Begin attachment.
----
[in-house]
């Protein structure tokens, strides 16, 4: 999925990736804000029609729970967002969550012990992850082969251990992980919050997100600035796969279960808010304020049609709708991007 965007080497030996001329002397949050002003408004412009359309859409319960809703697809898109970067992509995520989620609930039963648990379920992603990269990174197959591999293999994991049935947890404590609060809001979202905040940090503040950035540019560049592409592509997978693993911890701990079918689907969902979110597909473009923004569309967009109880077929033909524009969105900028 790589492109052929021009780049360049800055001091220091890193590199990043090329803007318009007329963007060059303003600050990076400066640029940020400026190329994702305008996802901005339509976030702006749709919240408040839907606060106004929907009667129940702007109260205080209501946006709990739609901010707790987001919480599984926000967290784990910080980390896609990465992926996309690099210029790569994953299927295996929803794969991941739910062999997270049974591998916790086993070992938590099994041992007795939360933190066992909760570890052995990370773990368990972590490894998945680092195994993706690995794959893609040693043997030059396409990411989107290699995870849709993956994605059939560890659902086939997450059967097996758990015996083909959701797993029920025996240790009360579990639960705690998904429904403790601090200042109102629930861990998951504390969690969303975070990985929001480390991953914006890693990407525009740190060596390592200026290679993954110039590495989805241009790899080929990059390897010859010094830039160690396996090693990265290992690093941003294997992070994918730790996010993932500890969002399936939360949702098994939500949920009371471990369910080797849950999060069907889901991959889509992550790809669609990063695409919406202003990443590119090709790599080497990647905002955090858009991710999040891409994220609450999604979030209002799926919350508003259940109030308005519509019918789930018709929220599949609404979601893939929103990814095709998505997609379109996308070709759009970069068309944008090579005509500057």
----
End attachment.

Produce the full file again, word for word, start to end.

[in-house]
């Protein structure tokens, strides 16, 4: 999925990736804000029609729970967002969550012990992850082969251990992980919050997100600035796969279960808010304020049609709708991007 965007080497030996001329002397949050002003408004412009359309859409319960809703697809898109970067992509995520989620609930039963648990379920992603990269990174197959591999293999994991049935947890404590609060809001979202905040940090503040950035540019560049592409592509997978693993911890701990079918689907969902979110597909473009923004569309967009109880077929033909524009969105900028 790589492109052929021009780049360049800055001091220091890193590199990043090329803007318009007329963007060059303003600050990076400066640029940020400026190329994702305008996802901005339509976030702006749709919240408040839907606060106004929907009667129940702007109260205080209501946006709990739609901010707790987001919480599984926000967290784990910080980390896609990465992926996309690099210029790569994953299927295996929803794969991941739910062999997270049974591998916790086993070992938590099994041992007795939360933190066992909760570890052995990370773990368990972590490894998945680092195994993706690995794959893609040693043997030059396409990411989107290699995870849709993956994605059939560890659902086939997450059967097996758990015996083909959701797993029920025996240790009360579990639960705690998904429904403790601090200042109102629930861990998951504390969690969303975070990985929001480390991953914006890693990407525009740190060596390592200026290679993954110039590495989805241009790899080929990059390897010859010094830039160690396996090693990265290992690093941003294997992070994918730790996010993932500890969002399936939360949702098994939500949920009371471990369910080797849950999060069907889901991959889509992550790809669609990063695409919406202003990443590119090709790599080497990647905002955090858009991710999040891409994220609450999604979030209002799926919350508003259940109030308005519509019918789930018709929220599949609404979601893939929103990814095709998505997609379109996308070709759009970069068309944008090579005509500057």